Another in a series of my reviews that appeared in the online version of African Americans On Wheels, a now defunct automotive magazine that was included as an insert in the Sunday newspapers of major cities.
Unlike Tuesday’s Sentra, the Lanos left an indelible impression on me. Here was a car that I really didn’t like, but didn’t have the luxury to just trash it. Being a small publication, we were fully dependent on the kindness of manufacturers to supply press cars. Criticism needed to be constructive. Apparently, my balanced review earned me some love from my managing editor:
Adam – this is one of your best reviews. Your honesty wasn’t brutal but to the point. It wasn’t trivial but constructive. You highlighted what worked and didn’t work, and you did an excellent job of positioning this car against the other Korean auto makers [sic]. I love the ending. You have come a long ways [sic] in your reviews. Your style is coming through and I hardly touch them any more.
Keep up the good work. I am sharing this review with Randi [Payton, the Founder and Publisher] cause [sic] he is doing Daewoo for our buying guide issue.
One of the perks of being an automotive journalist is having the privilege of driving new cars that are not yet available for sale. Unfortunately, this was my one opportunity.
The below review ran on August 10, 1998, though my week with the car was in June.
Not one head turned. Here was a brand-new car that will not be introduced until the Fall, and nobody noticed. Not a good sign.
Daewoo, an established South Korean manufacturer, is entering the tough U.S. market by matching Hyundai model-for-model, an unusual tactic considering Hyundai’s weak sales over the past several years. The lineup will include the mid-size Leganza, which will compete against the Sonata, compact Nubira going head-on with the Elantra, and the sub-compact Lanos, which will take on the Accent. Not that the Lanos is an unattractive car, but the little sedan looks like a cross between the Accent and the Mazda Protege, two relatively anonymous cars.
Our tester was the top-of-the-line SX sedan (there’s also a three-door hatchback) with a colorful interior, power windows, power door locks with remote, impressive sounding CD/cassette stereo, power moonroof, four-speed automatic transmission, front spoiler with fog lights, and alloy wheels on meaty tires. The look of the plastic and feel of the controls was about on par with the Accent and leagues ahead of Kia, also from South Korea. Unfortunately, instead of the classic new-car smell, you’re hit with an odor akin to sour milk when you first step inside. I don’t know if this smell was just our sample; we’ll have to drive the other models to be sure.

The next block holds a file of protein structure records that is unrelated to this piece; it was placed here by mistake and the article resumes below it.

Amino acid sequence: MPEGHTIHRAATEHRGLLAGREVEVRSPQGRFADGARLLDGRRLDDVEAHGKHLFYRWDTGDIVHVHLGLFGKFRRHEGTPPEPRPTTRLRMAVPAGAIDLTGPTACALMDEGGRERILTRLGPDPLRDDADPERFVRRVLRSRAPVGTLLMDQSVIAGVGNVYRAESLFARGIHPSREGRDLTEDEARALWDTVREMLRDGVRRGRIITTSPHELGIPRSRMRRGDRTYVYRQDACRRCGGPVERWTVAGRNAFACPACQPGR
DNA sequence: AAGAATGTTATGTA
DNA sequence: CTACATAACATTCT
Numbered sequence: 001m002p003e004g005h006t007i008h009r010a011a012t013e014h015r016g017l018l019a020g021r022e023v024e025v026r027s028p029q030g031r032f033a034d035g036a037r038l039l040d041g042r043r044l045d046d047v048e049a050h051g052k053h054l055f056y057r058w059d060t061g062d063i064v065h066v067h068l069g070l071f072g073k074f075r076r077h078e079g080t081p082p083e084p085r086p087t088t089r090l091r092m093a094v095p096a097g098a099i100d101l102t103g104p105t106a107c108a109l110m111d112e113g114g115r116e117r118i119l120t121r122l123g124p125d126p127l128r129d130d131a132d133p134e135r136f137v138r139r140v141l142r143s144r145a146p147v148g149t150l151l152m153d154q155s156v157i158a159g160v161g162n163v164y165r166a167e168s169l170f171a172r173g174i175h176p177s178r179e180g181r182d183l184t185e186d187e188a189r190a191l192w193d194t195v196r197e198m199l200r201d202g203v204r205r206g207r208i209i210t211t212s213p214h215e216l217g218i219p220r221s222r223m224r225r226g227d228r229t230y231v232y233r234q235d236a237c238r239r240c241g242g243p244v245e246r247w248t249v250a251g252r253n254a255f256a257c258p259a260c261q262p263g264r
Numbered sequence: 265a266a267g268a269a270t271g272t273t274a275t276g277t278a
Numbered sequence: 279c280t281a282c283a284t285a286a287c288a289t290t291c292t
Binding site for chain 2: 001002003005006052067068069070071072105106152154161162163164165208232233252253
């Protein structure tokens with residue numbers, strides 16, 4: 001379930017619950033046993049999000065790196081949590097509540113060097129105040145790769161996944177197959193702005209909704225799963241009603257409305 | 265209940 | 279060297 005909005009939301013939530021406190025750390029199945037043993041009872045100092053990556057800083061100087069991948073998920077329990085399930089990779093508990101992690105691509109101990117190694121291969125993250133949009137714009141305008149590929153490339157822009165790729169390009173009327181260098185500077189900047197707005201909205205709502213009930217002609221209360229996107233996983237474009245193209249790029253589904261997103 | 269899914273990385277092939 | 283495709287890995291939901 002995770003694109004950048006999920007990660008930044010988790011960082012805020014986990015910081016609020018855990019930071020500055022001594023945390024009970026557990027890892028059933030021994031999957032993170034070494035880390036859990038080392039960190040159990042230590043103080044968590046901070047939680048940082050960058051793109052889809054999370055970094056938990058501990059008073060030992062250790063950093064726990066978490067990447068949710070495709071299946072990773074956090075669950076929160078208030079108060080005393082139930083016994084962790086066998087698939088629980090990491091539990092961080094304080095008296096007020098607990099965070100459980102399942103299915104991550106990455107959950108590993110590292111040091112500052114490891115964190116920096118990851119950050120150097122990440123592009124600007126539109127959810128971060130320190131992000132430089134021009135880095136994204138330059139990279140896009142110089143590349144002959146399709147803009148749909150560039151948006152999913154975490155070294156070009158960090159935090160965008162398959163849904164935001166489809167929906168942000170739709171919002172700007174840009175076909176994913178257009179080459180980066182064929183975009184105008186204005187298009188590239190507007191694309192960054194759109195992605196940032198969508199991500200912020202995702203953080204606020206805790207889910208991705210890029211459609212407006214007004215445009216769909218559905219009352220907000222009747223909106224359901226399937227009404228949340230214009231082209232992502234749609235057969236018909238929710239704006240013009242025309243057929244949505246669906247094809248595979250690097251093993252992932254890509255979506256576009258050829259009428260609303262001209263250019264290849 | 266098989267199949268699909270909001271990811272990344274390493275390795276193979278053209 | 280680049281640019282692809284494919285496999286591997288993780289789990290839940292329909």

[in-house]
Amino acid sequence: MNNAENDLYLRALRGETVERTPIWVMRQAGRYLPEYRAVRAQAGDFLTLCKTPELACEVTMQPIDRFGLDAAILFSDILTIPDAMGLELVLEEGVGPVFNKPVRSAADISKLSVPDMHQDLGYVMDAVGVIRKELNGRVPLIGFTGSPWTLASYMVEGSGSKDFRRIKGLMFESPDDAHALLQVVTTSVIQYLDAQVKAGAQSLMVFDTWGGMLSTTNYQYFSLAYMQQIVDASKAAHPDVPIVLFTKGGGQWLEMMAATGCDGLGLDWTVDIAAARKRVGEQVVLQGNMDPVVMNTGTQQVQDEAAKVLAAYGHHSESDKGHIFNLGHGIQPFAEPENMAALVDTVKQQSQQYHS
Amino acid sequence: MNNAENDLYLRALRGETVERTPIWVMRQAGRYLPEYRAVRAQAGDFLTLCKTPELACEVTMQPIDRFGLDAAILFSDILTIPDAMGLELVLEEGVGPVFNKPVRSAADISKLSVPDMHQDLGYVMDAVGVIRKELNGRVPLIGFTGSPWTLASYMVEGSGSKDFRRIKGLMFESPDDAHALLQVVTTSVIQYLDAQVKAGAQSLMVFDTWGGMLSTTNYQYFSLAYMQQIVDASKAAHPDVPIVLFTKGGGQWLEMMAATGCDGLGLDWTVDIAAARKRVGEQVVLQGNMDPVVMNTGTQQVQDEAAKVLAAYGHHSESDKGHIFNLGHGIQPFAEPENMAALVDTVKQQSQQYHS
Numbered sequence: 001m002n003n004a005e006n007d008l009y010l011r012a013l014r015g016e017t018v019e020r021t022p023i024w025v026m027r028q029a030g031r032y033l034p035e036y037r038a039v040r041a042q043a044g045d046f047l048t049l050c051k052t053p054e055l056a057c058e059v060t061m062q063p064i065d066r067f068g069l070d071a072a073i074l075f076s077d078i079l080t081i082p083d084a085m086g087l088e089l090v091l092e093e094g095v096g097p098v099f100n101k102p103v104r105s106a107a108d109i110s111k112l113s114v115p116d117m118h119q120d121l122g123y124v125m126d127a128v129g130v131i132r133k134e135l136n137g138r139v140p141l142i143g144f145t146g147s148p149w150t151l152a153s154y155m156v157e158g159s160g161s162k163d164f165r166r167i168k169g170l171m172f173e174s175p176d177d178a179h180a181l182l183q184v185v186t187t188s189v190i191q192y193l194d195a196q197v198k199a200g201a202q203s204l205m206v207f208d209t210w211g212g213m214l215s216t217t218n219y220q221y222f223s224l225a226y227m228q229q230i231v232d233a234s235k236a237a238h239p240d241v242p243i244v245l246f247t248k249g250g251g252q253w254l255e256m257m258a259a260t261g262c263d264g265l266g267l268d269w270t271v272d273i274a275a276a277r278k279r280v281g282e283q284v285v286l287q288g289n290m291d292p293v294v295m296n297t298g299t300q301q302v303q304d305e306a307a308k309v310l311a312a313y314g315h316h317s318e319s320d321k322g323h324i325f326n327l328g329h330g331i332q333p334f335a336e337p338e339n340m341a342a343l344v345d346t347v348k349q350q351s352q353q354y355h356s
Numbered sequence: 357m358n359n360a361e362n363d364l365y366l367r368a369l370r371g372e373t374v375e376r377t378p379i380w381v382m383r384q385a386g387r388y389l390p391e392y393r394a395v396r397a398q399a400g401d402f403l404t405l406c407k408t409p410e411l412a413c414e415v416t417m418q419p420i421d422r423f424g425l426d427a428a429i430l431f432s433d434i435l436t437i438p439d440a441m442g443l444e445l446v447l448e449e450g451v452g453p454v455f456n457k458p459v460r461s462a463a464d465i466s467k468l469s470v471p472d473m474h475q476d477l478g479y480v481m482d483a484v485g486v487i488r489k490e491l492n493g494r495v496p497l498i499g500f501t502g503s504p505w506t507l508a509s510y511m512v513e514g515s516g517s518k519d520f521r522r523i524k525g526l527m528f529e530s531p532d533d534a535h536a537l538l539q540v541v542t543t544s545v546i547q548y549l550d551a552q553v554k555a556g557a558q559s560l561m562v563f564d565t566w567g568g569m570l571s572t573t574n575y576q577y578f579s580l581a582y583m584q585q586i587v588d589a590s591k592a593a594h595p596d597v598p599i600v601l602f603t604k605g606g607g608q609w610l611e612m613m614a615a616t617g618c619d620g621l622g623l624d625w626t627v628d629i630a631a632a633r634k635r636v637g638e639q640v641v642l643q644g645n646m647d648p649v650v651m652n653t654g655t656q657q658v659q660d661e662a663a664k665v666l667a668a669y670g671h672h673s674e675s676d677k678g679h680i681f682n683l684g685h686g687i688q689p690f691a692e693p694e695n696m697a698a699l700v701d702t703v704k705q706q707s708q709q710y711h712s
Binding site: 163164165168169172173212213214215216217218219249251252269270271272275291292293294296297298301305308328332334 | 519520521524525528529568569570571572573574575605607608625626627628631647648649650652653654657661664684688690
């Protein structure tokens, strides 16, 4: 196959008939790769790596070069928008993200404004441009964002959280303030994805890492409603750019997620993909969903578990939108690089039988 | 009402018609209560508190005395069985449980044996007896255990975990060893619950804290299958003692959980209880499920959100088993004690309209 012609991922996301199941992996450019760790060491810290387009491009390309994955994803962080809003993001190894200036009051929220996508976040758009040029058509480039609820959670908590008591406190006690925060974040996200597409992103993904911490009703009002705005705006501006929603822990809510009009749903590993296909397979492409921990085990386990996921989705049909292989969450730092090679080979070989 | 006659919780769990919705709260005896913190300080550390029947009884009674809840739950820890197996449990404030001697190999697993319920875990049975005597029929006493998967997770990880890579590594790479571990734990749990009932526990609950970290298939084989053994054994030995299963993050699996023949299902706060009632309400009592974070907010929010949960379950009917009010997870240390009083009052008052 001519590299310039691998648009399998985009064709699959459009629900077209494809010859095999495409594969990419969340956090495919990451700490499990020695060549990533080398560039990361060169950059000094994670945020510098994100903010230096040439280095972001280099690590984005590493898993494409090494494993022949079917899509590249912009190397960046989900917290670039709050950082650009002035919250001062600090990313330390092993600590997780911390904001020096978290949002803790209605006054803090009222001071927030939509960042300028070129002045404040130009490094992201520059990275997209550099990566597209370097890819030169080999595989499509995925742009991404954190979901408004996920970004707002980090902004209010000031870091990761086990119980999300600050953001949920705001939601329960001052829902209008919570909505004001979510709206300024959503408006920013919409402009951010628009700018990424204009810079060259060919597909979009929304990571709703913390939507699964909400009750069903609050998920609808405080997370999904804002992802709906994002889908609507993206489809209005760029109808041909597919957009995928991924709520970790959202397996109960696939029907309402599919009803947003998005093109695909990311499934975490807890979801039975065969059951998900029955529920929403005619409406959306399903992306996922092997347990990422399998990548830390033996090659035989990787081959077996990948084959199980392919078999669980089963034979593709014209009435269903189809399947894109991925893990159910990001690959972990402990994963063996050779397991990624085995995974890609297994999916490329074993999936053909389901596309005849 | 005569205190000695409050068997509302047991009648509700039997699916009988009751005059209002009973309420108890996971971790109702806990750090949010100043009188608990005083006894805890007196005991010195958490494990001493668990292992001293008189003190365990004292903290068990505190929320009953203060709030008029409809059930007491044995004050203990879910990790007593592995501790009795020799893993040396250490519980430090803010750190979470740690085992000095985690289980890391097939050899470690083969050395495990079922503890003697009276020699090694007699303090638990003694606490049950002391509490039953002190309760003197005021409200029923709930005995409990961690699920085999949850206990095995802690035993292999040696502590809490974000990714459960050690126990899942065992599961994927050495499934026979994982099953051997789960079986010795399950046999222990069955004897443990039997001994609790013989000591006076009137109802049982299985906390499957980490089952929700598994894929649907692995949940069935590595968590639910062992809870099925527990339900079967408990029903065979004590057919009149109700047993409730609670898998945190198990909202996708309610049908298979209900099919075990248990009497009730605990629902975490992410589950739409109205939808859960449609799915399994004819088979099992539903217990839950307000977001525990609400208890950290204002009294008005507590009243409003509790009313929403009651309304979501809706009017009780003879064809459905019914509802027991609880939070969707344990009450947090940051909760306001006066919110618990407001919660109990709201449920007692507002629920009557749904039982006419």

The Lanos’ major weakness is under the hood. The 1.6 liter engine is loud and “thrashy.” When combined with the optional four-speed automatic, it’s sluggish on takeoff. Once underway, however, the Lanos accelerates quickly enough for merging and other fun driving activities, but 0-60 in 12.5 seconds, according to Daewoo, makes it one of the slowest cars on the market.
Handling isn’t bad, and the ride is about average for its class. The front seats are comfortable, and it was easy finding an optimal driving position. Rear-quarters are nearly as tight as the Accent’s, even though the Lanos has a five-inch longer wheelbase. The trunk is quite roomy, and there’s a split-folding rear seat for even more space.
Overall, it’s dead average. Daewoo plans to price the Lanos from about $9,000 to $12,000. Hopefully, that’s low enough to draw buyers to an unknown car with unknown quality from an unknown manufacturer.
For more information contact 1-800-966-1775
Type: 4-Door Sedan
Engine: 105-horsepower, 1.6 liter inline 4
Transmission: 4-Speed Automatic
EPA Mileage: 23 city/34 highway
Tested Price: $14,000 (est.)
We all know how that turned out. For those that are not familiar with Daewoo, the company made its mark using the tooling of GM cars and applying their own badge. The Pontiac LeMans, known as the Daewoo LeMans and many other names in its home and other markets and built from the tooling of the Opel Kadett E, was our first experience with its cars. Like Hyundai with the Excel, Daewoo hired Italdesign in an attempt to create and market attractive, distinctive cars that people want to buy. Then they got the brilliant idea of recruiting college students to go door to door to sell the cars. They quickly changed course and set up traditional dealerships, but between the crappy cars and the bottoming out of South Korea’s economy, Daewoo Motor descended into bankruptcy. GM bought the assets from the receiver and now some of GM’s best offerings originate here.
Isn’t it impressive how far Hyundai and Kia, as well as Mazda, have come? By the way, I wouldn’t call the number listed above. It’s anyone’s guess who has it now.